There is something truly obscene about a Minister of higher education and training leading a march on an art gallery and calling for the destruction of a work of art he does not like. Of course, this same Minister is firmly in favour of gagging the press, having called for a media tribunal to act as an inquisition against journalists whose ideas he didn’t like. This same Minister has the nerve to tell university departments to offer courses on the so-called developmental state because it is the politically correct thing to do, much like Stalin set back world-class Soviet biology by telling the science community what to teach and research. But why stop there? Why does Nzimande have his shock troops march against universities he doesn’t like and burn their libraries?
Nzimande describes us not as a party with which he disagrees. He sees us as the ‘enemy’. He says he faces a ‘neo-liberal onslaught’. He speaks like a warrior. He declares class warfare. Is this mere bluster though? The SACP is a small and unelected party. Nzimande needs an unbreakable thread with COSATU and especially its more militant affiliates like the South African Democratic Trade Union (SADTU), whose members already act as commissars in the provinces – and are especially powerful in the weakly governed ones such as the Eastern Cape and Limpopo.
To succeed Nzimande needs to get a grip on the state instruments of intelligence and organized violence. Perhaps that is why he has aspirations for becoming Deputy President, for Jacob Zuma’s power is precisely his hold over intelligence, the police and the defense force. Nzimande’s power is able to get the masses out on the street in acts of intimidation that can easily turn into what ‘excitative terror’.
For those who know Russian history, it is important to remember that the Russian Revolution was made not under Tsarist rule, but under Alexander Kerensky’s weak and incoherent government as Prime Minister of the Russian Provisional Government after Tsarism collapsed. We are not Russia and, as much as Nzimande wishes that his’ rather than Zuma’s face was painted by Brett Murray on the picture of Lenin in legendary pose, he is no Vladimir Ilyich either. Still, this is a reckless and dangerous man who has little qualms about destroying what remains of the Mandela legacy by leading his so-called vanguard party into a socialist revolution.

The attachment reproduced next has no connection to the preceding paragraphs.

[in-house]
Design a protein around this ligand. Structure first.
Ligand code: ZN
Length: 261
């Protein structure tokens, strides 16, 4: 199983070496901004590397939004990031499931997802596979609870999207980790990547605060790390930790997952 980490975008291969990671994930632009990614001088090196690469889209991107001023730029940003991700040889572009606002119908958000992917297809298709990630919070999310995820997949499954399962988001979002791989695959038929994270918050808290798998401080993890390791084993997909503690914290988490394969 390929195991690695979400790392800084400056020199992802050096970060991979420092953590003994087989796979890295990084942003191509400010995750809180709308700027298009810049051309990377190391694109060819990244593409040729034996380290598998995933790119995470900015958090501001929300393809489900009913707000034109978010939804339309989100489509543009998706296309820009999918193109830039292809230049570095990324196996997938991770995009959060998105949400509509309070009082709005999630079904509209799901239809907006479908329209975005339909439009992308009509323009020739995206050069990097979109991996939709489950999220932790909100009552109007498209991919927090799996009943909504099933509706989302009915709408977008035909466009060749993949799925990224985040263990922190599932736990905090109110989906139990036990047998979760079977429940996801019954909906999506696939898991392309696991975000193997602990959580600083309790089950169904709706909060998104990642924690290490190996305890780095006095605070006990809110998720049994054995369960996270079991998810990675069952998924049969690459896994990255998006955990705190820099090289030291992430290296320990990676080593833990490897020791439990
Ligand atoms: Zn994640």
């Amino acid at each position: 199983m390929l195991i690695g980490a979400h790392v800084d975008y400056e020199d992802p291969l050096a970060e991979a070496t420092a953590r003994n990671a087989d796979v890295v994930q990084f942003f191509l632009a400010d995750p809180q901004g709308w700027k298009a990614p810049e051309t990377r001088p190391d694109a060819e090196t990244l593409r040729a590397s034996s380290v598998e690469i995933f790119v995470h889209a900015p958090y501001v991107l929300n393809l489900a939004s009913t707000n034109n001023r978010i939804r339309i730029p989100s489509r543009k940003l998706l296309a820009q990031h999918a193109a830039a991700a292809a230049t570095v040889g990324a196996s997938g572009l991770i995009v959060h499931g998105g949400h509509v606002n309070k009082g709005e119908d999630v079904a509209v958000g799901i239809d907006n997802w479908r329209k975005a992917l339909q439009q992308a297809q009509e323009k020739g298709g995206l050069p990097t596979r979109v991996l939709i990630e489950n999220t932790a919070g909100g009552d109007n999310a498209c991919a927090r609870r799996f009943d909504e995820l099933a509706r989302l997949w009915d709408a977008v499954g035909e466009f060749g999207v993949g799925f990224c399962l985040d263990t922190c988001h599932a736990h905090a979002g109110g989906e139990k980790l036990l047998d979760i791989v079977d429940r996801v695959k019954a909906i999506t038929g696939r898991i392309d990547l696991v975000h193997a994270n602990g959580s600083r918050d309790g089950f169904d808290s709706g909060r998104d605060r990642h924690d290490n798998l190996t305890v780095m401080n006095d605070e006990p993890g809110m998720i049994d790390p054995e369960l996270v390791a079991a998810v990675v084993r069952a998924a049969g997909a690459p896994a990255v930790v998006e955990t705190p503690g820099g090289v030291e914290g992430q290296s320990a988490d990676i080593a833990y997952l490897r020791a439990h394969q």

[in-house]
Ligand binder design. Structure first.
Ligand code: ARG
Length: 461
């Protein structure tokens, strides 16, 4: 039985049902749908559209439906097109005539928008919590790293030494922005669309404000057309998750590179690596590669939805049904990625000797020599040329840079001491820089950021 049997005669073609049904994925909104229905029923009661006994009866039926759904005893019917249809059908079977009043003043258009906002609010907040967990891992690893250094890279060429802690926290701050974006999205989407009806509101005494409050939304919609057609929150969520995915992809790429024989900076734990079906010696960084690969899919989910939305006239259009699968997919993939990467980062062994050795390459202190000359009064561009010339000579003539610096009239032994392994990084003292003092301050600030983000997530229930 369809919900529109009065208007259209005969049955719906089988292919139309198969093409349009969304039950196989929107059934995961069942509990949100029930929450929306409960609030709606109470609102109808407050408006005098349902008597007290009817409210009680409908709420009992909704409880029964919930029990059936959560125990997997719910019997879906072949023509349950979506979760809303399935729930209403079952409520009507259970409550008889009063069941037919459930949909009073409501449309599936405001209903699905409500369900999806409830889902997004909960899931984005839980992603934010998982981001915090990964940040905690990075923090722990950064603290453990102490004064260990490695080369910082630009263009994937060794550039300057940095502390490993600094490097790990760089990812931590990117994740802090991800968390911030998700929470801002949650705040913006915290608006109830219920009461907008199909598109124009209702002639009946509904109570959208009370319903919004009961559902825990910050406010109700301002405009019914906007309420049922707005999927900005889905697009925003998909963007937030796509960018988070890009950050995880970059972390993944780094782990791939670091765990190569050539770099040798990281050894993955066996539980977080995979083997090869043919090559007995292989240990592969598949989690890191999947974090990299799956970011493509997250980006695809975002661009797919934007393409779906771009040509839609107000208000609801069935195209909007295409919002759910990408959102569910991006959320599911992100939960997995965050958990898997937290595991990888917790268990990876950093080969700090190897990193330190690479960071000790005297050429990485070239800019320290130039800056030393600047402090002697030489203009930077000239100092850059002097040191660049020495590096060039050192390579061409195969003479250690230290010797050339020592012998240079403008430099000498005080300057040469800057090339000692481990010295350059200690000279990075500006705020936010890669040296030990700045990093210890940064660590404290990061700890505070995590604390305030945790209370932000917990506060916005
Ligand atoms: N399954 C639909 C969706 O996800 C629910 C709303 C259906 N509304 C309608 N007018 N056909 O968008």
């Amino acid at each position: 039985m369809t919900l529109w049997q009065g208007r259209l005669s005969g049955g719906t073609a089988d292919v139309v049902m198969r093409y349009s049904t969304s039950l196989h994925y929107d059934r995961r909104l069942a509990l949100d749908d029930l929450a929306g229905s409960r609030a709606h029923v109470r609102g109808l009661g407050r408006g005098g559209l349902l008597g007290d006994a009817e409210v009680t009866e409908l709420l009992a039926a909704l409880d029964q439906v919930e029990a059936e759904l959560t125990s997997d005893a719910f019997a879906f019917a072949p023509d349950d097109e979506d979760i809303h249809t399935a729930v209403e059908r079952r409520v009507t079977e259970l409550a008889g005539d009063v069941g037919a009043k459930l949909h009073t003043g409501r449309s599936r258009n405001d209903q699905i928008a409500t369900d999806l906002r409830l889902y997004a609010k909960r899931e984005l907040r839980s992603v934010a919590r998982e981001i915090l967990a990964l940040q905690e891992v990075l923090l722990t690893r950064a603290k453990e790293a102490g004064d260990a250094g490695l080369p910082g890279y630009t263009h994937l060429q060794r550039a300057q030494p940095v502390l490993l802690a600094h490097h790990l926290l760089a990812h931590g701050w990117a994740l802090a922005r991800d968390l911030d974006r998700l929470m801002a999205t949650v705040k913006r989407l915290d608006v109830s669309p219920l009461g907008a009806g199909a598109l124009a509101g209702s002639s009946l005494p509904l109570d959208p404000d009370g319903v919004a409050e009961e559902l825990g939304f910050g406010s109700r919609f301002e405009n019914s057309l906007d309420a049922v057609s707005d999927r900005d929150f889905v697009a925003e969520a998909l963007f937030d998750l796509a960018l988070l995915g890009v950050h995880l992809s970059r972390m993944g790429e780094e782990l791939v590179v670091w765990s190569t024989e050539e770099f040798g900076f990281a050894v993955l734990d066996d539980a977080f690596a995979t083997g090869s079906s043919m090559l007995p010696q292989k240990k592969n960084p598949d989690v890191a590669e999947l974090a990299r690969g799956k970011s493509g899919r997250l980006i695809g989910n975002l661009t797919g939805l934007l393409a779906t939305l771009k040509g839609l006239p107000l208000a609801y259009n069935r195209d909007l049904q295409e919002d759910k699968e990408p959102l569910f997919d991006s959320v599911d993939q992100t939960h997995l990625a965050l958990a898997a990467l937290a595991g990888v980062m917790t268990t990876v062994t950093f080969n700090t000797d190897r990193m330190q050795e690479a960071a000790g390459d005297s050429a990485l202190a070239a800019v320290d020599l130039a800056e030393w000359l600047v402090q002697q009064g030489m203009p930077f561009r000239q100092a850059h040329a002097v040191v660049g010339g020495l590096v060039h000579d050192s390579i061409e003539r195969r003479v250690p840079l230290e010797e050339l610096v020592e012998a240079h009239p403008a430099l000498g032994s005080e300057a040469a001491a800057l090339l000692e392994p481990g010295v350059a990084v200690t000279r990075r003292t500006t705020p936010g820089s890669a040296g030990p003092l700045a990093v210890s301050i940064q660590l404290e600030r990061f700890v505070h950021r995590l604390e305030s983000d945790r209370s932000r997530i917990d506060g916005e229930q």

It is Karl Marx who wrote in the brilliant 18th Brumaire of Louis Bonaparte (1952) that ‘Hegel remarks somewhere that all great world-historic personages appear, so to speak, twice. He forgot to add: the first time as tragedy, the second time as farce.’ Time will tell whether Nzimande will be farcical but indications are suggestive. At Polokwane there arose the warrior class of the tri-partite alliance speaking the language of war. This is not what the nation needs. The nation needs a party of activists speaking the language of justice, reconciliation and job-creating economic growth, neither as tragedy nor farce, but as hope, civility and progress.
Dr. Wilmot James is an MP and DA federal chairperson. An edited version this article first appeared in the City Press Newspaper.
To follow Inside Politics by e-mail simply go to the bottom of the page and fill in your address. When you confirm it, you will receive an e-mail the moment any new post is loaded to the site.